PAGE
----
Inhaling toxic substances is nothing new. "Huffing", (also known as "dusting", "sniffing or glue sniffing" and "chroming"), has been around for as long as glue, gasoline, paint and other toxic substances have been in existence. The term "dusting" was added after abuse of computer dusters was reported.
Ether abuse was first recorded in the 1800s and became more prevalent during the Temperance Movement. It was not proper for women to consume alcohol during this period so "medicinal" ether products such as the cough medicine, Hoffman's Drops, became popular because it contained ether and alcohol. Ether used as a recreational drug was a combination of ether, alcohol and ethanol.
During the latter part of the Prohibition era in the early 1930s ether was either sniffed or drunk; and in some towns became a substitute for alcohol. In the movie "Cider House Rules", Michael Caine's character is addicted to inhaling ether vapors which eventually kills him, most likely from excessive sedation
Glue, paint and gasoline abuse became more widespread in the 1950s. Anyone born in the 40s or early 50s probably remembers talk of model glue/cement sniffing. In the late 1970s glue sniffing was associated with the punk youth movement in the United Kingdom and North America. In the 1980s, with the gradual disappearance of propellants with CFC, chlorofluorocarbons (propellants that deplete the ozone layer), abuse of aerosol sprays became more prevalent. The CFC propellants were replaced with propane and butane which were more environmentally friendly.
Inhalants are classified by intended function, chemical structure or their effects on the body. Examples of the various abused substances used for a state of euphoria (similar to alcohol intoxication) are:
Solvents - paint thinner, gasoline, nail polish remover, felt-tip markers, glue, and other household products
Aerosol sprayscontaining propellants and solvents - deodorant, spray paint and hair spray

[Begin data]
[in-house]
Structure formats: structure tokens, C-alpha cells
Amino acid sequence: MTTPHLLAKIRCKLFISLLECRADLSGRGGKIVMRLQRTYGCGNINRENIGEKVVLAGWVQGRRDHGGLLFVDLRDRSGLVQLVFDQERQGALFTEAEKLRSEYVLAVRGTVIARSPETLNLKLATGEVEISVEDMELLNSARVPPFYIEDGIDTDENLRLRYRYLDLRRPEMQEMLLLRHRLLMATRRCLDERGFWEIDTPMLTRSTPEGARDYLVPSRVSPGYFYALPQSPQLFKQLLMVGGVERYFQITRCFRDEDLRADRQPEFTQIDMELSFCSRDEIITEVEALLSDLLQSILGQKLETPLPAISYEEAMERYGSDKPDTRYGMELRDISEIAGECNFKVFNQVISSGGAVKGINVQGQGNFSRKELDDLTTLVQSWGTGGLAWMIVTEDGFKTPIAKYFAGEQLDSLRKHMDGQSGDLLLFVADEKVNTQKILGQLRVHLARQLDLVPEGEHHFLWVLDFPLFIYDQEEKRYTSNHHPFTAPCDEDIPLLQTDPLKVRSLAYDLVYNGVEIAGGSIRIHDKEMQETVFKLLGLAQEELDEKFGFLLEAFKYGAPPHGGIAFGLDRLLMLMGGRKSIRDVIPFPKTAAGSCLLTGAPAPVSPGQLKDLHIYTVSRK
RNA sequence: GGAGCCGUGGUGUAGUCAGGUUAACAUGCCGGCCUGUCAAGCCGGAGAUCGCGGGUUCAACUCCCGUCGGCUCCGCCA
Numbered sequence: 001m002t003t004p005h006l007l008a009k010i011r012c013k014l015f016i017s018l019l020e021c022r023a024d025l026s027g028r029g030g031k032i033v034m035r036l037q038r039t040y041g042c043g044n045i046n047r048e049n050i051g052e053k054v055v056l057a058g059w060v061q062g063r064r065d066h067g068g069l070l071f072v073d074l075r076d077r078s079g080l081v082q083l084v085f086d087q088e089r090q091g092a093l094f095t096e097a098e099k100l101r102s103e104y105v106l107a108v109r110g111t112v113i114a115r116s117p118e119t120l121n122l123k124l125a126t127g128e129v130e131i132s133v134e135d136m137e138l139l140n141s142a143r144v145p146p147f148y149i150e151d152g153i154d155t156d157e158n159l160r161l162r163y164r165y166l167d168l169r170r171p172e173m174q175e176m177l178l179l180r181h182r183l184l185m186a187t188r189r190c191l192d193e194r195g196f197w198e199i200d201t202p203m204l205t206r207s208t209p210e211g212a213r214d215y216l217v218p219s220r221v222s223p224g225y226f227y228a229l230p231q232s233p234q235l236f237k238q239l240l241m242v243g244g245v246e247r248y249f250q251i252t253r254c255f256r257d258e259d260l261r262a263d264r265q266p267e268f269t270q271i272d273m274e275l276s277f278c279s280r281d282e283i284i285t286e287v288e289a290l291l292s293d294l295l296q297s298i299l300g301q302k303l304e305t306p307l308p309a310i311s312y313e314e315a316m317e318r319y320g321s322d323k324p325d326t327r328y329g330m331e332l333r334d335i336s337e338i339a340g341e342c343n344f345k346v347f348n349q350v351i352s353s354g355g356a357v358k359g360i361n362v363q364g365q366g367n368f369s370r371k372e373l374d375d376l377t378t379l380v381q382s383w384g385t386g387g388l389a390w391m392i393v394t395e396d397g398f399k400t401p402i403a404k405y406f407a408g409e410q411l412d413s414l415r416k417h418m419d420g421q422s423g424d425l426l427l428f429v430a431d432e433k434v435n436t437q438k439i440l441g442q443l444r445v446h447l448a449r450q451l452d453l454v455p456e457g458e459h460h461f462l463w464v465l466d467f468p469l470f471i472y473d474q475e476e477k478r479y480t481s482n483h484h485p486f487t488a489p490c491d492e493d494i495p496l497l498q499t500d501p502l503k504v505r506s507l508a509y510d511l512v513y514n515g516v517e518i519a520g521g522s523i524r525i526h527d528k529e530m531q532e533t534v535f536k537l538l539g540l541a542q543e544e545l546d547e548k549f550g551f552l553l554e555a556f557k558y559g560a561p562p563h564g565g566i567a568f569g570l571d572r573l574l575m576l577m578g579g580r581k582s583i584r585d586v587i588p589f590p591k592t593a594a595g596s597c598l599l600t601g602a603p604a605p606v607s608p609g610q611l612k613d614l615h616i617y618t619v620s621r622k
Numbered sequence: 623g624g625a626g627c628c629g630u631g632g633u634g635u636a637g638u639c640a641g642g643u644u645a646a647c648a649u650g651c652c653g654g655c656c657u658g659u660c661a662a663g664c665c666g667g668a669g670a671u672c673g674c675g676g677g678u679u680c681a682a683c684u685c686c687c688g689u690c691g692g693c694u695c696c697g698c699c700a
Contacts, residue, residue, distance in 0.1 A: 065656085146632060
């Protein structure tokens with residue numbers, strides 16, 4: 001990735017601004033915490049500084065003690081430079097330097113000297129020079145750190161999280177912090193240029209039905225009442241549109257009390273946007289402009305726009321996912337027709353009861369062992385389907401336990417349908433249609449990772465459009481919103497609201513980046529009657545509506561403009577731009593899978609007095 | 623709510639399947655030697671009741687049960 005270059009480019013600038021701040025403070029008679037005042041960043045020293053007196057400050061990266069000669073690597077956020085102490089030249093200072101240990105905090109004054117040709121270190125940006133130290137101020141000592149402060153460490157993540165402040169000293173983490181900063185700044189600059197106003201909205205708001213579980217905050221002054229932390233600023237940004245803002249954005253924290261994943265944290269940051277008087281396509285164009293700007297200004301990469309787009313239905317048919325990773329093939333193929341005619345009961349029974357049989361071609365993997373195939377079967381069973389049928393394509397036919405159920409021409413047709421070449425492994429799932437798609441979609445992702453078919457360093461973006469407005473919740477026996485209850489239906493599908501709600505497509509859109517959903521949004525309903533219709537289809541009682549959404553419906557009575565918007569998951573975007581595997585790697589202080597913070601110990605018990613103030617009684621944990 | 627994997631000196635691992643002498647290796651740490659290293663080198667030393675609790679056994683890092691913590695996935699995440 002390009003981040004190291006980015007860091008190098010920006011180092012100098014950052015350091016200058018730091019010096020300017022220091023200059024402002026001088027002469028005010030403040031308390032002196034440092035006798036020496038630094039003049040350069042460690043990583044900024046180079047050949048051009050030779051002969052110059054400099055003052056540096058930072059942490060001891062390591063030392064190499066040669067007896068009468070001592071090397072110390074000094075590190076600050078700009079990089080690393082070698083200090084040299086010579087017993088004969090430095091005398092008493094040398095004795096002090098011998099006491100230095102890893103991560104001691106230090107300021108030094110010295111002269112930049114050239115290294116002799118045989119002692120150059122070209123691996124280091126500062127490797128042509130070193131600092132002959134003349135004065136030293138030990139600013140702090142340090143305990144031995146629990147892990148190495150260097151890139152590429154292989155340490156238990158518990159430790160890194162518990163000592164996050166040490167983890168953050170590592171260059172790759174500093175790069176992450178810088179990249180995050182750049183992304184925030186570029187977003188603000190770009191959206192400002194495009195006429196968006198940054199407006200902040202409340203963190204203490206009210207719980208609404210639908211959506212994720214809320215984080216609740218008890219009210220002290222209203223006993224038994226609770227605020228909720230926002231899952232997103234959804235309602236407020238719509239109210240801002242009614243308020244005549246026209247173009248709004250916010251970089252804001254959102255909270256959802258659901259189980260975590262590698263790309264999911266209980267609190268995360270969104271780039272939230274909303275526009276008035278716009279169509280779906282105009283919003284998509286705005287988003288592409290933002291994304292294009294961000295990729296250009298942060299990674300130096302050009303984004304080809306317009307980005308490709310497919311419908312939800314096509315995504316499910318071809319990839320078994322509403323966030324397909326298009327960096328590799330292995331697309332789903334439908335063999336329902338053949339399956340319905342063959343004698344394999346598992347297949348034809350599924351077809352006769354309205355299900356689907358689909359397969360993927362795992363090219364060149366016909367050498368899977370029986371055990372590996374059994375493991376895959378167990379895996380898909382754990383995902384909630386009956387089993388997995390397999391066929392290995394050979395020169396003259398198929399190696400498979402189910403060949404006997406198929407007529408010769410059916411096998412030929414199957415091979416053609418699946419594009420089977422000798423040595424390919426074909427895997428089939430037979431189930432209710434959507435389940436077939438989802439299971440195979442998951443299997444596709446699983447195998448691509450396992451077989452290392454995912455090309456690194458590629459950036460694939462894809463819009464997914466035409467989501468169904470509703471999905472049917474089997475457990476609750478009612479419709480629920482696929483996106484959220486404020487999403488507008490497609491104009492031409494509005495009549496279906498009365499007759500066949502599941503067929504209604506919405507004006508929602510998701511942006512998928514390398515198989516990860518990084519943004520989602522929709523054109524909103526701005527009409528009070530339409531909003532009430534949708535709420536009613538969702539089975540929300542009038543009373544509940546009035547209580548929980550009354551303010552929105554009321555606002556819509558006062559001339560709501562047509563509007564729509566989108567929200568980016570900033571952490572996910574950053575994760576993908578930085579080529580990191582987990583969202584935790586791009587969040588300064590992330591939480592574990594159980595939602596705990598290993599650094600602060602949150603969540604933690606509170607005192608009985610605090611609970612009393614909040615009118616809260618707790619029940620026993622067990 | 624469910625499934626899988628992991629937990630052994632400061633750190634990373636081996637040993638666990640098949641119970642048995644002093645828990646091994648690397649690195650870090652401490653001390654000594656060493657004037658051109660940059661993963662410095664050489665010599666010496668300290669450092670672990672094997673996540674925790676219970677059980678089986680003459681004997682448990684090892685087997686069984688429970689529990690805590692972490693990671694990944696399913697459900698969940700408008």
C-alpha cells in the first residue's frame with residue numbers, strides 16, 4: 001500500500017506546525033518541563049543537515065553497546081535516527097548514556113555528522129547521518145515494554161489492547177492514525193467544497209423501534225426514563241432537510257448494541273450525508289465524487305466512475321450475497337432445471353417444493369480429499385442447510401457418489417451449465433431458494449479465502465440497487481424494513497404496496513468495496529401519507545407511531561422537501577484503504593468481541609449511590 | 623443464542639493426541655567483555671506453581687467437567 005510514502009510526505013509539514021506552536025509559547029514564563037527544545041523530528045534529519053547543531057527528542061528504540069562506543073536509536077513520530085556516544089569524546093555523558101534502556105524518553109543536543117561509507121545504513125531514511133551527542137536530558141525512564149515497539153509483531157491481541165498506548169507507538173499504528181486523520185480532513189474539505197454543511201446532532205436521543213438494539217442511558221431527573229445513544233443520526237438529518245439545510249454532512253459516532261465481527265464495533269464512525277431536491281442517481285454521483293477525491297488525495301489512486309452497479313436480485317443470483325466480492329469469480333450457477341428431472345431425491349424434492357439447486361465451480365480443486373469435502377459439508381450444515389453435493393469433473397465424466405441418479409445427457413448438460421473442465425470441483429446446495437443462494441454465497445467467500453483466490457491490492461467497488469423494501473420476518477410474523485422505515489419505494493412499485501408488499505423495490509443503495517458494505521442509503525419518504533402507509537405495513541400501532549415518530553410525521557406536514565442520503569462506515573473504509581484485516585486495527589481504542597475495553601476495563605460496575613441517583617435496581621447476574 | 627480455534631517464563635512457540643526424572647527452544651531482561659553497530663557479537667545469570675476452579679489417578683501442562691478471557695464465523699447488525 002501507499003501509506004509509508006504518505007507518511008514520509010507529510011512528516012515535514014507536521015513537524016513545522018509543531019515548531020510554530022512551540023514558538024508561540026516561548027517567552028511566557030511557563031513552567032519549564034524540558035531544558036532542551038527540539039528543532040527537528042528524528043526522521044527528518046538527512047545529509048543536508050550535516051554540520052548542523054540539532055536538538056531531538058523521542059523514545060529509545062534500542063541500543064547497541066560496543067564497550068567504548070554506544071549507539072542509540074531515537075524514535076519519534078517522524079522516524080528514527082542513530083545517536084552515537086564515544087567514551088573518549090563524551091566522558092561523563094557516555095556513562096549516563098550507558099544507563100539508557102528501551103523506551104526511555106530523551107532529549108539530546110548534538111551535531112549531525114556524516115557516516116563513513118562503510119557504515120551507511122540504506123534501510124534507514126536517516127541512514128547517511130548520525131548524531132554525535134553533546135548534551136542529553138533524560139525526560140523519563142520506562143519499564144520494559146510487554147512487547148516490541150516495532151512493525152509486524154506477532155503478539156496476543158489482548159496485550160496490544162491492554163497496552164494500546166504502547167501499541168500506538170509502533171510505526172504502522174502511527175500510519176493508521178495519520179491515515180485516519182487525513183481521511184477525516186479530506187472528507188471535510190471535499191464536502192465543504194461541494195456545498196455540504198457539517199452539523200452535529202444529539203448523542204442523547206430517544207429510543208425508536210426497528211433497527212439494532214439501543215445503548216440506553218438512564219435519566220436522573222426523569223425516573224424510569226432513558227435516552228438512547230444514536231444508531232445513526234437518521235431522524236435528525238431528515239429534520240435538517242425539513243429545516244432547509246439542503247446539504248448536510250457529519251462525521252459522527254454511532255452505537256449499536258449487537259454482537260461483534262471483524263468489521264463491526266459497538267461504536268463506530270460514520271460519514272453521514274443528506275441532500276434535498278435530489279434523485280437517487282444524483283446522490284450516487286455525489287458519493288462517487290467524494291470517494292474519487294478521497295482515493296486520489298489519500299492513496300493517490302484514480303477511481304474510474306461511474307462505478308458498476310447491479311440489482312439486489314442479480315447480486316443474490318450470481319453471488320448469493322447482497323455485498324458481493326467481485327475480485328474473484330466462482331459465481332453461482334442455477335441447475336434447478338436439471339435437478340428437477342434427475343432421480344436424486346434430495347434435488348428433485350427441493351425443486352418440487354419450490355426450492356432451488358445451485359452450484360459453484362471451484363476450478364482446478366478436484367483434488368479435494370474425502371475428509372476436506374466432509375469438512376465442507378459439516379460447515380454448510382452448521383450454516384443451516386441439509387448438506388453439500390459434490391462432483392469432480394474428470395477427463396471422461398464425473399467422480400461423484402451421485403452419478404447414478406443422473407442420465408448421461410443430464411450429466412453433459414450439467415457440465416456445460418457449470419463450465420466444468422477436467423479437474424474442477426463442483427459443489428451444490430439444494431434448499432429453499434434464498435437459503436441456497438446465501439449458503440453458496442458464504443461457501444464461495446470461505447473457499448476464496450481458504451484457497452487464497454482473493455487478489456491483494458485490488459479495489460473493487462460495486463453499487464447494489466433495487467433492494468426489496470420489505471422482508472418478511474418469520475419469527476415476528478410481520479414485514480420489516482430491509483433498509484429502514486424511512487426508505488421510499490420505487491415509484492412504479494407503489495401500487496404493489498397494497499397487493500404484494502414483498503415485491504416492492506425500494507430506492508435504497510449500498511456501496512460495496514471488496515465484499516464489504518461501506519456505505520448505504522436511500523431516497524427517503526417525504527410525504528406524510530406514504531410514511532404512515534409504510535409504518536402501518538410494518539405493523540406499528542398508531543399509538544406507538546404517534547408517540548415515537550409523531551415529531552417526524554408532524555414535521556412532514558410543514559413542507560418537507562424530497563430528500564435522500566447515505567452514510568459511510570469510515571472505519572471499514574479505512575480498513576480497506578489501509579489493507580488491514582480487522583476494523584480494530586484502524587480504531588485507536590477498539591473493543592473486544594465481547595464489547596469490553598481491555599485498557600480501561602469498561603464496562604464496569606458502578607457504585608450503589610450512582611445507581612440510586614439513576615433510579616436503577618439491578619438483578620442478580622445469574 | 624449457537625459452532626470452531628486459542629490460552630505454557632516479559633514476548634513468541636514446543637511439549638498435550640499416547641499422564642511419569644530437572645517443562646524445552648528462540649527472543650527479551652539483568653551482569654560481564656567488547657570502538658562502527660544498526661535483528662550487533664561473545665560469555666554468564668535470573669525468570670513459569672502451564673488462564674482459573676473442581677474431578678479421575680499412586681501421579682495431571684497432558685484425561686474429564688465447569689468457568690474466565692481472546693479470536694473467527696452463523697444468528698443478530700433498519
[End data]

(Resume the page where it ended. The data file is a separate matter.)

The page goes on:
Gases - usually nitrous oxide (laughing gas)
Nitrites - chemicals such as those used in room deodorizers. These substances are usually used by adults for sexual enhancement, not a state of euphoria.
Street names for these substances are whippets, poppers and snappers. Methods used to inhale vapors or aerosol propellant gases are spraying the substance into a plastic bag and holding it over the mouth, breathing from a solvent-soaked rag or open container or directly from the aerosol can (dusting) as in the video clip.
The alarming facts about huffing are that the substances are not considered illegal in all states; and children are misusing these products because they can be found around the home or can be purchased relatively inexpensively and without restrictions.
This problem had become so widespread and serious that some restrictions have now been placed on the sale of some solvent-containing products to minors in many US States and Canadian cities. The target for these restrictions are products associated with sniffing, such as model cement.
Following are some of the signs of inhalant abuse that parents can watch for: drowsiness, belligerence, changes in academic achievement, mood changes or swings, depression, weight loss and lack of co-ordination. Huffers can develop a telltale "huffer's rash", sores or scratches around the mouth and an unusual body odor.
I have seen and read television programming and articles about young people that state that they are not worried about huffing because their friends do it all the time; and they're fine. 33% of deaths occur with the very first use of these substances due to cardiac arrest, asphyxiation, aspiration (choking on vomit) or suffocation (hypoxia). Statistics on death may be grossly under-reported because blood vessel rupture in the brain or heart attack may be reported as the cause of death, rather than the substance abuse itself.
Consequences can also include the following: hallucinations, loss of consciousness, hearing loss, brain, heart, liver, kidney or lung damage. Burns can result from the intentional inhaling of and subsequent unintentional igniting of flammable substances. Short-term users may also experience headaches, vomiting and nausea. Two million Americans, 12 years old or older, abused inhalants in 2008. Statistics are from the website, drugabuse.gov.
I knew about huffing but never gave it much thought...until I saw the "Allison" "Intervention" episode. I'm not a parent; but I was shocked and appalled by this program. It was then that I started to post information on this terrible trend on every website of which I'm a member.
I think that watching "Intervention" should be a course requirement for every young person over the age of 8 or 9. Barring that, I think that every parent and every young person should watch this powerful YouTube clip of the "Allison" episode all the way through. If one person is deterred from huffing or if one parent now has the information to identify his/her child as a huffer, my time and effort will have been well spent.
I urge you to watch the following YouTube video clip. If you cannot directly access this link, please copy and paste to your browser.
For more information and statistics on all types of substance abuse please visit: